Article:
A bias audit requires an employer to retain an “independent auditor” to assess whether the tool’s selection criteria result in disparate impact based on race, ethnicity, or sex.

Employers using an automated employment decision tool also must notify any employee or candidate residing in New York City who has applied for employment at least ten business days before using the tool of the following:

  • That the employer or employment agency is using an automated employment decision tool to assess or evaluate the individual; and

  • The job qualifications and characteristics that the tool uses to assess the candidate or employee.

The law requires the employer or employment agency to retain the following information.

  • The type of data collected for the automated employment decision tool.

  • The source of the data.

  • The data retention policy.

The above information shall either be disclosed on the organization’s website or provided to applicants within 30 days of a written request.

The law was scheduled to become effective on January 1, 2023, and later delayed until April 15, 2023, given the high volume of public comments. We are closely monitoring the situation and plan to update our review of the law when the law takes effect.

New York City Pay Transparency Law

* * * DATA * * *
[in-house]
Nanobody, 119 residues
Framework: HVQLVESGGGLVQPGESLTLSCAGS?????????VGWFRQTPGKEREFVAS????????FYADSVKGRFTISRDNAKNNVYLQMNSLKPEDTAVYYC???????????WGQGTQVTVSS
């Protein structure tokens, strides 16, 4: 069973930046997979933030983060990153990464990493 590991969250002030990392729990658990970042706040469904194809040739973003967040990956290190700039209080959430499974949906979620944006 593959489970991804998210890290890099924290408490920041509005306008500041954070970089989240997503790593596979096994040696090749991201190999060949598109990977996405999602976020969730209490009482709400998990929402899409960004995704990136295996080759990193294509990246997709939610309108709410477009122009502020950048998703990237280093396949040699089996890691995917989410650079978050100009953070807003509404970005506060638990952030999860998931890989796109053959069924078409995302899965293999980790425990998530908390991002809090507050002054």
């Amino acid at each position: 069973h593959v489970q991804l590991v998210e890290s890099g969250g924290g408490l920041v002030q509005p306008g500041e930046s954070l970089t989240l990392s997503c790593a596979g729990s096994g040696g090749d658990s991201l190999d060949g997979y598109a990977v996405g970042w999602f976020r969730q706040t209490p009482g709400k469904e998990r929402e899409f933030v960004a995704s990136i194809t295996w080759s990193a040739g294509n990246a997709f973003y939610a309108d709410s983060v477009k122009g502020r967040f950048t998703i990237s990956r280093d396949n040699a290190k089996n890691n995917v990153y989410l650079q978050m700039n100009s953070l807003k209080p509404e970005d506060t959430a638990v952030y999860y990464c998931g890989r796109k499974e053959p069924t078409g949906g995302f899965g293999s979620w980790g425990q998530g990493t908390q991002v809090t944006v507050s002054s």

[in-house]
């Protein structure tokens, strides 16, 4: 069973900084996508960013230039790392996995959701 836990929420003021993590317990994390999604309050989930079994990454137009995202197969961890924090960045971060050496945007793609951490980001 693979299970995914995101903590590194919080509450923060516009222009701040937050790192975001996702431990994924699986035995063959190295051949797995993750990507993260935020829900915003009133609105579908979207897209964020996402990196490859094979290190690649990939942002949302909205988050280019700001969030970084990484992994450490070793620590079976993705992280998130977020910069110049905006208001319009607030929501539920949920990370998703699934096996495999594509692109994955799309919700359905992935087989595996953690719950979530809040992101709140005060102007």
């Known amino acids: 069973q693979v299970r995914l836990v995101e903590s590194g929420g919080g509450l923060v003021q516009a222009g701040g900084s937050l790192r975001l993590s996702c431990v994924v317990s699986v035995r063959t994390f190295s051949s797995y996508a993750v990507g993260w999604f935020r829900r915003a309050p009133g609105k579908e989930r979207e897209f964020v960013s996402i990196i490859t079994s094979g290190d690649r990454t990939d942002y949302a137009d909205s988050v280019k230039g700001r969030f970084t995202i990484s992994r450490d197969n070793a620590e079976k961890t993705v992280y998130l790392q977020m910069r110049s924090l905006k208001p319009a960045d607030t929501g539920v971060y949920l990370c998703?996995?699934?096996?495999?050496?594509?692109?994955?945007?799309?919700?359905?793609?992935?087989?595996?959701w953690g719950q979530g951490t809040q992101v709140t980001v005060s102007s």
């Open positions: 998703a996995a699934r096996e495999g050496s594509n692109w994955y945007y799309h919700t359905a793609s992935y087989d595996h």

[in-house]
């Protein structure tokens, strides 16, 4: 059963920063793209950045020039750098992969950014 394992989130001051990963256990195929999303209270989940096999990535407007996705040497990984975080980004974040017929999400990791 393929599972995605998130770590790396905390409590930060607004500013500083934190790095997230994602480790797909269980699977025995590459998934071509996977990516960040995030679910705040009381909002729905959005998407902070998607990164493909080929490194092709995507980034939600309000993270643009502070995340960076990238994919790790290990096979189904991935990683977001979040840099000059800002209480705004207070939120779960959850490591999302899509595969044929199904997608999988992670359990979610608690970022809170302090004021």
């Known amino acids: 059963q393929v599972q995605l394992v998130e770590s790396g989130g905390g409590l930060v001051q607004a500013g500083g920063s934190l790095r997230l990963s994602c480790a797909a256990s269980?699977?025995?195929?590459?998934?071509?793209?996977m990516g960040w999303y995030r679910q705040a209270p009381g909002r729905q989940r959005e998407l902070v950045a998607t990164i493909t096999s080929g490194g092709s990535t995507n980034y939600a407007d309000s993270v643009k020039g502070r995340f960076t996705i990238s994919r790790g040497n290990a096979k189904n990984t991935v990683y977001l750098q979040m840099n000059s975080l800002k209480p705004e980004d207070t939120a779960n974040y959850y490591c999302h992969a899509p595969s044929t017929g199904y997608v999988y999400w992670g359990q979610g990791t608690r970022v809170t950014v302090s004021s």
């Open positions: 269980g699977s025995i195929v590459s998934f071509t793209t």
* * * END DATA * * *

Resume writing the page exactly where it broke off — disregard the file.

New York City Pay Transparency Law was enacted on January 15, 2022. The law makes it an unlawful discriminatory practice to not include the minimum and maximum salary offered in job listings. The minimum and maximum salary listed in the advertisement must be the salary the employer believes in good faith that it will pay for the position. The disclosure requirement covers external job advertisements as well as internal postings for transfers and promotions. Temporary staffing agencies are exempted from the law.

The New York City Council, on April 28, 2022, passed an amended version of the law, Int. 134-A, as the initial version contained ambiguities and provided only a short lead time (initially effective on May 15, 2022).

The amendment has changed the initial version in the following ways:

  • Date: pushed the effective date of the law to November 1, 2022.

  • Coverage: In addition to the “employees” as required in the original version, the amendment indicates that the coverage of the law also includes “employment agencies, and employees or agents thereof.”

  • Both Salaries and Hourly Wages Covered: The original version required employers to provide a position’s “minimum and maximum salary.” The amendment clarifies that employers must articulate “the minimum and maximum annual salary or hourly wage.”

  • Private Right of Action Limited: the original version does not contain limitations to who has private right of action. In other words, any applicant who encountered a non-compliant job posting could have pursued a claim against the posting employer. Now, only current employees may bring an action against their employer for violating the law.

Notably, the geographic scope of the law is still broad, even though the amendment exempts positions “that can or will be performed, in whole or in part, in New York City, whether from an office, in the field, or remotely from the employee’s home.” This means that out-of-state employers hiring for remote jobs will still need to comply with the law, if the offered position will, at least in part, be performed in New York City.